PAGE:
- By Thomas E. RicksThomas E. Ricks covered the U.S. military for the Washington Post from 2000 through 2008. He can be reached at firstname.lastname@example.org.
By Lance R. Blyth
Best Defense bureau of Indian affairs
We typically think of the Plains Indian warrior mounted, usually on a painted pinto pony, wearing a breech-clout, long flowing feathered bonnet, and little else, with a bow and arrow or decorated Winchester in his hand, conducting a lightening raid, riding off, yipping, over the horizon; the “world’s finest light cavalry” someone was supposed to have said.
That, however, was a particular adaptation of traditional modes of warfare to specific technological changes, specifically the horse and the gun, which spread across the Plains from roughly the late-seventeenth century. This adaptation peaked in the late-eighteenth century, leading to a period of almost continual intertribal conflict and war. When the Americans arrived on the scene, they were likely seen as just one more participant, potential friend or foe. Neither Indians nor Americans really understood the adaptions to warfare the other had made, a fact that led to the overall tragedy, and occasional atrocity, of what we call the Indian Wars.
So, below are my takes on the ten best books about how the Plains Indians adapted their mode of warfare, grouped by general works, then specific ones, from north to south.
- Frank Raymond Secoy, Changing Military Patterns of the Great Plains Indians (Washington, 1953; reprint Nebraska, 1992). The ‘grand-daddy of ‘em all,’ in many ways; if you only read one read this one. Secoy, working from archival materials as funds were not available for field ethnological research, realized the horse, spreading out from Spanish New Mexico, and the gun, traded down from French Canada, significantly changed the practices of intertribal warfare. The Nebraska reprint has an excellent introduction by John Ewers that adds more recent works.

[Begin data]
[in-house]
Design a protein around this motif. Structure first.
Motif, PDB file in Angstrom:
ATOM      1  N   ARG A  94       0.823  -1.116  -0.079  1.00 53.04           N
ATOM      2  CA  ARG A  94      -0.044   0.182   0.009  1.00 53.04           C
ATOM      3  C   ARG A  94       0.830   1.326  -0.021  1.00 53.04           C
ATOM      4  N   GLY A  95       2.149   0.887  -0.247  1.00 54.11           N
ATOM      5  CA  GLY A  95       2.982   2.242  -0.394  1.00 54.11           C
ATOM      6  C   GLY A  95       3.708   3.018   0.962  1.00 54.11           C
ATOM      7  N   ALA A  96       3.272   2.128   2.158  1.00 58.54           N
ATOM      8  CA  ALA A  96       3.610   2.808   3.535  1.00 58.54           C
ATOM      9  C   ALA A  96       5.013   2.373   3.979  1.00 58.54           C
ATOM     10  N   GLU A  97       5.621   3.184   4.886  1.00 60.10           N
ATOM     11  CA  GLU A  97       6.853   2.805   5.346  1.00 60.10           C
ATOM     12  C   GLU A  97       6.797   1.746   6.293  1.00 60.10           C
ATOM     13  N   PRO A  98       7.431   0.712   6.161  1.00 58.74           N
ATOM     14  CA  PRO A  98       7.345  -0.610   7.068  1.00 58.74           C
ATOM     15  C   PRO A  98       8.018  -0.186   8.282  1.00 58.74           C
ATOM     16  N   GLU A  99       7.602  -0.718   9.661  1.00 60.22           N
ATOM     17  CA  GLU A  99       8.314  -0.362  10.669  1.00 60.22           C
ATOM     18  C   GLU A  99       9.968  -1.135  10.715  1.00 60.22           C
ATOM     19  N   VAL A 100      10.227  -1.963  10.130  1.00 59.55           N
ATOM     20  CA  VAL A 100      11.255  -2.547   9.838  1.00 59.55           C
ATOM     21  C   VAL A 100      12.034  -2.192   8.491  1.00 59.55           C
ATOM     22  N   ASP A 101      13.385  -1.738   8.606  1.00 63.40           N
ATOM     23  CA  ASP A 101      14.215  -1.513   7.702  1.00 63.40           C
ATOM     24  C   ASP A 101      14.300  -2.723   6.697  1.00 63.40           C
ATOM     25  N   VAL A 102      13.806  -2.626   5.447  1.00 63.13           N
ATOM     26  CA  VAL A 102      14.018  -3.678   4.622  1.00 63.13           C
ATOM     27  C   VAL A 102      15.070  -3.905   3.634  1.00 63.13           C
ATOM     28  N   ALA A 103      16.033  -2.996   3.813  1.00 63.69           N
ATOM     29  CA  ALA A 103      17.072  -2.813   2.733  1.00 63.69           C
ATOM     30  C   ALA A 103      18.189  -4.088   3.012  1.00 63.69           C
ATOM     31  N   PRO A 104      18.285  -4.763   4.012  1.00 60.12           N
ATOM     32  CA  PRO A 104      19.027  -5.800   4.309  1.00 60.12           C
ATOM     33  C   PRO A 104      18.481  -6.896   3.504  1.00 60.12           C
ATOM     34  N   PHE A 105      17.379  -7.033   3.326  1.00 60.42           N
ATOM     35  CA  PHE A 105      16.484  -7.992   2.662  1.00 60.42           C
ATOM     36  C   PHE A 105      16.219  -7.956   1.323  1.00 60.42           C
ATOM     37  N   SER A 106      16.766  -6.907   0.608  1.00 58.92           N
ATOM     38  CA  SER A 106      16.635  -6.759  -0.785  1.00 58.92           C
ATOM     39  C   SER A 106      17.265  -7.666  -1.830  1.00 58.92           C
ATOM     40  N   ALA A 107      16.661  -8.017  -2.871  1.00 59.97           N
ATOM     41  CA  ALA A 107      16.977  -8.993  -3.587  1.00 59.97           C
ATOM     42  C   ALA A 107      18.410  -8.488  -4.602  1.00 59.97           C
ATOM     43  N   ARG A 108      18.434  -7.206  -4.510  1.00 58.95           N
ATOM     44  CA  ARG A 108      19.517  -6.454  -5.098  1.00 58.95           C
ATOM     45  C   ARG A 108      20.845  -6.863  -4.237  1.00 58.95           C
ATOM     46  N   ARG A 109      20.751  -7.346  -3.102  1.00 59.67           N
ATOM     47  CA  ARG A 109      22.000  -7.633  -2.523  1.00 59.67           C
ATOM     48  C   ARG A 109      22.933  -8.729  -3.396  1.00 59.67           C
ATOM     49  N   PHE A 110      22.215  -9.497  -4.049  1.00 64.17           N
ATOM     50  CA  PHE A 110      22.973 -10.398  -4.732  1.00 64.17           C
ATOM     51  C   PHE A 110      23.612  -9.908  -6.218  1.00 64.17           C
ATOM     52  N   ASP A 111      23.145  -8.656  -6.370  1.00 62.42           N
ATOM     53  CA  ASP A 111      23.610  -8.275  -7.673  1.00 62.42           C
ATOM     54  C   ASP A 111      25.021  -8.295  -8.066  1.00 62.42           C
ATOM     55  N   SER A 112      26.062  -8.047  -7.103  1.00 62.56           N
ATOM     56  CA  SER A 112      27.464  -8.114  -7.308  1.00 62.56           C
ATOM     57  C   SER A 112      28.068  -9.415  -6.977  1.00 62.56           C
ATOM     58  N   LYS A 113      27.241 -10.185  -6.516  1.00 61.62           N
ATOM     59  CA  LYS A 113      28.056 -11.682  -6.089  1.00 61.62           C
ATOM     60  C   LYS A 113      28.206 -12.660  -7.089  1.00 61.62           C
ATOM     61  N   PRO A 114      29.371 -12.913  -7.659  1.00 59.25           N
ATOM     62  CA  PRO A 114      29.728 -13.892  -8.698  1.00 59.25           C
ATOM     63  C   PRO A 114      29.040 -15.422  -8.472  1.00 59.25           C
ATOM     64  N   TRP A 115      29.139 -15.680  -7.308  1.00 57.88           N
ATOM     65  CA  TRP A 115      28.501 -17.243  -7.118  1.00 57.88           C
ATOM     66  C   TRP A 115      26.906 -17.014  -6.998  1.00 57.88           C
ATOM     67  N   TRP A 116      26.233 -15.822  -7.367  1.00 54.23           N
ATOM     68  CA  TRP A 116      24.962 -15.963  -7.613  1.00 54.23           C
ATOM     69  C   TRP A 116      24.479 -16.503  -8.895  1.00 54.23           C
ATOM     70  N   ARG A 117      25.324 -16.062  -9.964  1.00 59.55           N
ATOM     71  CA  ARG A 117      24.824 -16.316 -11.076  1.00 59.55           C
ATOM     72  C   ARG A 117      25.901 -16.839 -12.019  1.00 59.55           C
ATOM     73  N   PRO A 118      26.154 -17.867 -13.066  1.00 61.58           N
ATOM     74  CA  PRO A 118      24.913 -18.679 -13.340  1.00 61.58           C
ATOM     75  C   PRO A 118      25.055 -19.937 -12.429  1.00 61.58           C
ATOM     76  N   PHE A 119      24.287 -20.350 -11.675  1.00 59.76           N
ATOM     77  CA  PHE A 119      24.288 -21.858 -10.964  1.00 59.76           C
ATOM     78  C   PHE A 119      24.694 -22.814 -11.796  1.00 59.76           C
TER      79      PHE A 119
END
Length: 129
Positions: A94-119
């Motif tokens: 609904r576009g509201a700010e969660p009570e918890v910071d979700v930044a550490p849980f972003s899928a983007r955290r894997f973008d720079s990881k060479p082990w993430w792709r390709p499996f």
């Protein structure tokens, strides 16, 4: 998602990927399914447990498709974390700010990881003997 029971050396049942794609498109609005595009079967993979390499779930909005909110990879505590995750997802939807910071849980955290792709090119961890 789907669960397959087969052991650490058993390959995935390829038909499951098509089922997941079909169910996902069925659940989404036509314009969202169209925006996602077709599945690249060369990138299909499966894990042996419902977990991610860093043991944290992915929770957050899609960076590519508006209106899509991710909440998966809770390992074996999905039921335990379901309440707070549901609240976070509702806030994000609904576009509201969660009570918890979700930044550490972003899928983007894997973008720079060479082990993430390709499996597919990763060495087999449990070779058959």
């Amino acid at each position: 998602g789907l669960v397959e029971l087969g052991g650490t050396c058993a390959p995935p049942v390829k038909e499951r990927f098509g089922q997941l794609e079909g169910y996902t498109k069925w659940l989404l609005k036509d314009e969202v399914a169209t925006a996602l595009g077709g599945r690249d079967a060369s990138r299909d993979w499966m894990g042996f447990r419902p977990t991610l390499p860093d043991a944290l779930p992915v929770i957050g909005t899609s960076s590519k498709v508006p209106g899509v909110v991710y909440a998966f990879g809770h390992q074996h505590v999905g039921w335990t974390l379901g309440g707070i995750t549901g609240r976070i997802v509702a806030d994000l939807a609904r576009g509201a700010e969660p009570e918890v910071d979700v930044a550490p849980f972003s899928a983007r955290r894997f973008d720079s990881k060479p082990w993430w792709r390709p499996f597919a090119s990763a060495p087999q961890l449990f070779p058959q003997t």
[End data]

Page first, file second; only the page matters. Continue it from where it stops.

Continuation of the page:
- Bernard Mishkin, Rank & Warfare Among the Plains Indians (Washington, 1940; reprint Nebraska, 1992). Mishkin’s monograph, drawn from fieldwork among the Kiowas in the 1930s, predates Secoy’s (and Secoy used it), but it was the first to challenge the notion that Plains Indians were essentially unchanging entities, outside of history. The horse proved to be an agent of transformation, serving as both a means and an end for warfare. Mishkin focused on the Kiowa, showing how the horse altered social rank and warfare.
- Colin G. Calloway, One Vast Winter Count: The Native American West before Lewis and Clark (Nebraska, 2003). I am a ‘big picture’ guy when it comes to history; for me to think about the Ukraine today, I try to remember the particulars of the Cossack rebellion against the Poles nearly 400 years ago. Calloway provides the deep context for an understanding of how Plains Indian warfare changed. He starts before 1500 and goes far beyond the Plains, but they are his pivot. Readers with access to a research library may also want to seek out Calloway’s earlier article “The Inter-tribal Balance of Power on the Great Plains, 1760-1850,” American Studies 16:1 (1982): 25-48.
- Theodore Binnema, Command & Contest Ground: A Human and Environmental History of the Northwestern Plains (Oklahoma, 2001). Too often that part of the North American Great Plains that ended up on the Canadian side of the border, what they call the Northwestern Plains, gets forgotten. Binnema captures the history of that region up to 1800, providing one of the best accounts of bison ecology and migration and looking at warfare before and after the “horse and gun revolution.”